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Since: Nov 28, 2011
Posted on: November 30, 2011 3:18 am
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Since: Jul 28, 2011
Posted on: July 29, 2011 11:30 am
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Since: May 11, 2007
Posted on: July 28, 2011 10:16 pm

2011 NFL Draft rookie contracts coming in

"For the NFL you have to labor for free for 4 years of college"?????

So, what do you consider tuition, room and board to be?? The cost of all that, they get some pretty damn good pay while in college. And when you look at the other professions you listed, they don`t have to have the mental toughness as you do in  the NFL. An eighteen year old wouldn`t last a year in the NFL, when someone like Ray Lewis gets to playing with their mind.

I think the league needed to have a cap for rookies along time ago. Just look at JaMarcus Russell... $32,000,000, and never had to prove he was worth it. And, of course, never did prove he was worth, even a nickel.

Since: Sep 25, 2009
Posted on: July 28, 2011 8:05 pm

2011 NFL Draft rookie contracts coming in

It's probably always been the case, but if you are a star athlete with multiple avenues of success, football is going to be below baseball, basketball, tennis, golf and boxing, as those all generally pay you more quicker.  For the NFL you have to labor for free for 4 years for a college, and now there will be rookie wage scales too.  Those contracts will lock you in cheap for a further 5 years.  By the time you can see your first big contract, you're already 27-28 years old.  If you are an RB, you won't even ever see that contract.

This will probably lead to the reduction in talent.  I don't think this will happen anytime soon, but in about 5-6 years we'll see if there is any effect.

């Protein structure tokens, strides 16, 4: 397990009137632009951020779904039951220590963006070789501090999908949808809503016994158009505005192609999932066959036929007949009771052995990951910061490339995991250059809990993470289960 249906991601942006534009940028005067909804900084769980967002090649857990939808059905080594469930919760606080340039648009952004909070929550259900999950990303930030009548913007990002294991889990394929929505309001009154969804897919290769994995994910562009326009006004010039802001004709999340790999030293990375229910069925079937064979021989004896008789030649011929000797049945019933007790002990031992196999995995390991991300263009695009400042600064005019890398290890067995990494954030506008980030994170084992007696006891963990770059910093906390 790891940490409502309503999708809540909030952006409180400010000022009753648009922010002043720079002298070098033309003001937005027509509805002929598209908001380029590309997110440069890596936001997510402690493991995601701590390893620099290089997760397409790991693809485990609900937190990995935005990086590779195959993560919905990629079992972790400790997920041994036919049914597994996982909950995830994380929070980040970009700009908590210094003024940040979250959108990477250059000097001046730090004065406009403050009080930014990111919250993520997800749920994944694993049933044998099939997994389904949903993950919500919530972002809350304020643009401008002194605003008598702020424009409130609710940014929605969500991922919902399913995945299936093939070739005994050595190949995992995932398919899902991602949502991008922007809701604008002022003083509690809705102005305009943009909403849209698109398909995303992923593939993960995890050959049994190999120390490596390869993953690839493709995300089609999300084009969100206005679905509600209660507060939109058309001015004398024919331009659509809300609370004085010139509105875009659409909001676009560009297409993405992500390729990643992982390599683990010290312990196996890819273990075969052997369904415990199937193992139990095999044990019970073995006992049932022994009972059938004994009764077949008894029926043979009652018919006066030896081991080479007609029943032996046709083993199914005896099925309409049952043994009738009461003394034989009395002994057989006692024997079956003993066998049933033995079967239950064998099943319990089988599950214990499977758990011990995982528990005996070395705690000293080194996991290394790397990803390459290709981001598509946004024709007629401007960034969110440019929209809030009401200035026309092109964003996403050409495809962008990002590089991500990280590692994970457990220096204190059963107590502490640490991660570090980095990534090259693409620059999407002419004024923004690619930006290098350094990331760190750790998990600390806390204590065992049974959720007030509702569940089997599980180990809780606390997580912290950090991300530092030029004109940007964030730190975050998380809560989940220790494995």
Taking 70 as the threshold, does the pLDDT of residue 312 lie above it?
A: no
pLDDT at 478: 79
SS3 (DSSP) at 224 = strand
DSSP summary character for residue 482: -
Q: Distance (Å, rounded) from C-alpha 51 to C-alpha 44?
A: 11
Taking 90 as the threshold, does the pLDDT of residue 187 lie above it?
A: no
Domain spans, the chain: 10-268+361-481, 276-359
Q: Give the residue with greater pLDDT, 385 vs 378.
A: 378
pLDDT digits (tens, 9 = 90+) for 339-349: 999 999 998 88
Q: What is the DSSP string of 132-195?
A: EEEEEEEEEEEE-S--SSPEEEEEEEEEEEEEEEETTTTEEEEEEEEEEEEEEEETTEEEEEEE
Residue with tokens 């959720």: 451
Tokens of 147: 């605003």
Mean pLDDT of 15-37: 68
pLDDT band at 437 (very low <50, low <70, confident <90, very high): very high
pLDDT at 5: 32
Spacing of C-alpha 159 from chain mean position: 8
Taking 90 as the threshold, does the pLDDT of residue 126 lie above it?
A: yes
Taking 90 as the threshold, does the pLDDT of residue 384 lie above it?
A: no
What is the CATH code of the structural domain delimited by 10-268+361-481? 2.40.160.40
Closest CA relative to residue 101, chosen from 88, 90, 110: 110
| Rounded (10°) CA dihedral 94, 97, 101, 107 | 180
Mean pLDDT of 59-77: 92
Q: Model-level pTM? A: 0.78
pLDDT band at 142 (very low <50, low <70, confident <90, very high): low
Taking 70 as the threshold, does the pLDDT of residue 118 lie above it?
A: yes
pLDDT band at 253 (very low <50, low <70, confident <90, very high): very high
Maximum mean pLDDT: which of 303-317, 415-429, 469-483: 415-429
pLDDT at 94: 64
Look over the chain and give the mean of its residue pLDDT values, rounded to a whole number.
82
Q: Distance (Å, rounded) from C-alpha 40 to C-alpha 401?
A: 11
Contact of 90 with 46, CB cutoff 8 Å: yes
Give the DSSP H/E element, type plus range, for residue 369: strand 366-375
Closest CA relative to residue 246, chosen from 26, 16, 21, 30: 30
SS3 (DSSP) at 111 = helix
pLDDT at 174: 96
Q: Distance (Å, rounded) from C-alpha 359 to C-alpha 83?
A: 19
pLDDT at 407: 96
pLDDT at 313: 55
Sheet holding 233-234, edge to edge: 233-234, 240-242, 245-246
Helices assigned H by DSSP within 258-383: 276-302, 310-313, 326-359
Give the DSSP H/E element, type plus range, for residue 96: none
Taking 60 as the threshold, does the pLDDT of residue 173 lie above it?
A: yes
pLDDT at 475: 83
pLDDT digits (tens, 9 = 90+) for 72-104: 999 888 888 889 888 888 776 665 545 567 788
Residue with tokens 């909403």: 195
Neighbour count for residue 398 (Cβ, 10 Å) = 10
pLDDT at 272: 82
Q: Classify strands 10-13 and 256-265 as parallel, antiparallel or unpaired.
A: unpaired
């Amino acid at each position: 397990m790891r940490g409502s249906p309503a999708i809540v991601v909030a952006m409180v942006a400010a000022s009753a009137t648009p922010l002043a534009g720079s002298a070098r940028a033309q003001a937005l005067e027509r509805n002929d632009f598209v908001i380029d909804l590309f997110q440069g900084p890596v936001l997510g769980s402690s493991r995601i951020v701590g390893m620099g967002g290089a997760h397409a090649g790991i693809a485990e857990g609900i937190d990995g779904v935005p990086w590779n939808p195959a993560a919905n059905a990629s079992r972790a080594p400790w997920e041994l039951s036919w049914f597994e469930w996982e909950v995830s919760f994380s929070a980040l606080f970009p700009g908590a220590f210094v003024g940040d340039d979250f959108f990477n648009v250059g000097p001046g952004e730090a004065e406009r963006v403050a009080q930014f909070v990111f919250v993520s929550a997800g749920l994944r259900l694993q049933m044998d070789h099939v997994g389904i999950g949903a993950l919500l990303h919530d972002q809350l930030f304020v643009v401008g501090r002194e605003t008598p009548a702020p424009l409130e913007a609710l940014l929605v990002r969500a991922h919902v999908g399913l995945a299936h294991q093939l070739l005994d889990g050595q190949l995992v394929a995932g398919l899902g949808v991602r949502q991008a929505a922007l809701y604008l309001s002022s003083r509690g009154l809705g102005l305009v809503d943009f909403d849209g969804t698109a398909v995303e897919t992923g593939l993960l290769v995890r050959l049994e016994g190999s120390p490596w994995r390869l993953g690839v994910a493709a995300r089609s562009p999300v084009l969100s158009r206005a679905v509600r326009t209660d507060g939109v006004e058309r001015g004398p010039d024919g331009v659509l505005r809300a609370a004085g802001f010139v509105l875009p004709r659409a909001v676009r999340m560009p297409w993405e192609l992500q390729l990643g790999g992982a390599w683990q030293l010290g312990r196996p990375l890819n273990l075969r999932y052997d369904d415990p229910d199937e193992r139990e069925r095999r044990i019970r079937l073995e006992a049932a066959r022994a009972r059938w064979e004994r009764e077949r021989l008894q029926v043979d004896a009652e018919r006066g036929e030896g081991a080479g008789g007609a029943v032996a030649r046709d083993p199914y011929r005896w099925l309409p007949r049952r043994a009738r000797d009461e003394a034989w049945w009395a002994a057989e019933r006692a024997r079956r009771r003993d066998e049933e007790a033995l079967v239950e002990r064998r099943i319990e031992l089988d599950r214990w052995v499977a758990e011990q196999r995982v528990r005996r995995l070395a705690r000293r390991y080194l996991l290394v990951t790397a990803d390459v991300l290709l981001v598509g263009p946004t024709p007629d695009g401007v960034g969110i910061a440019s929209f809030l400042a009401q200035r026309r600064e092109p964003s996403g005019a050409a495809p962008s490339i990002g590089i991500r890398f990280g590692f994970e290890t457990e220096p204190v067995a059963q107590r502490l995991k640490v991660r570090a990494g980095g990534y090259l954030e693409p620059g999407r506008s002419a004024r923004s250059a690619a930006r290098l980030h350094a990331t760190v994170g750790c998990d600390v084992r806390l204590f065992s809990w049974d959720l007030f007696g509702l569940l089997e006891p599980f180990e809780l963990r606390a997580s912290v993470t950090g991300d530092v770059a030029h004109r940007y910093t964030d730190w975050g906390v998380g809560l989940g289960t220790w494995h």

Since: Aug 23, 2010
Posted on: July 28, 2011 7:53 pm

2011 NFL Draft rookie contracts coming in

What is hard to understand is why you would spend all of this money on a rookie and kick a veteran to the curb.  The way is should be is if you were drafted in this part of the round you get this amount of money. If you perform better than expected you get a better contract and if you become a great player you get the big bucks.  The NFL had this backwards for years thank god they finally fixed it.Cool

Since: Oct 8, 2006
Posted on: July 28, 2011 5:31 pm

2011 NFL Draft rookie contracts coming in

I couldn't agree more.  Rookies who never played a down were getting so much to the point where if they didn't pan out they would hold franchises back.  It got to the point where it was pretty common for teams to want to trade out of a high pick so they could minimize their risk.  Well done NFL.

Since: Jan 19, 2007
Posted on: July 28, 2011 3:04 pm

2011 NFL Draft rookie contracts coming in

This is what we were all hoping for. Less total contract value. Less guaranteed money. Now the rookies have to actually play some NFL ball before they can cash in on the really big payday. This lets teams move more of the payroll to signing free agents or extending contracts for proven performers.

Of course, the new batch of rookies signing now can't complain too much - these guys mentioned in the story are already multi-millionaires the day they sign the deal, and before they take a snap in a real game. Can't wait to see the first troll come on and call these new rookie contracts "Slave wages."

On the flipside, how good must last year's rookie class be feeling knowing they just lsipped in before the rookie contract floodgates closed.

Bradford's $86 mil and $50 mil guaranteed
Suh's $68 mil and $40 mil guaranteed
Even the #29 draft pick last year signed a $12.99 mil contract with $7.12 guaranteed.
You have to get to #30 before the rookie contract dips below $10 mil.

It's a new world, folks. I love it!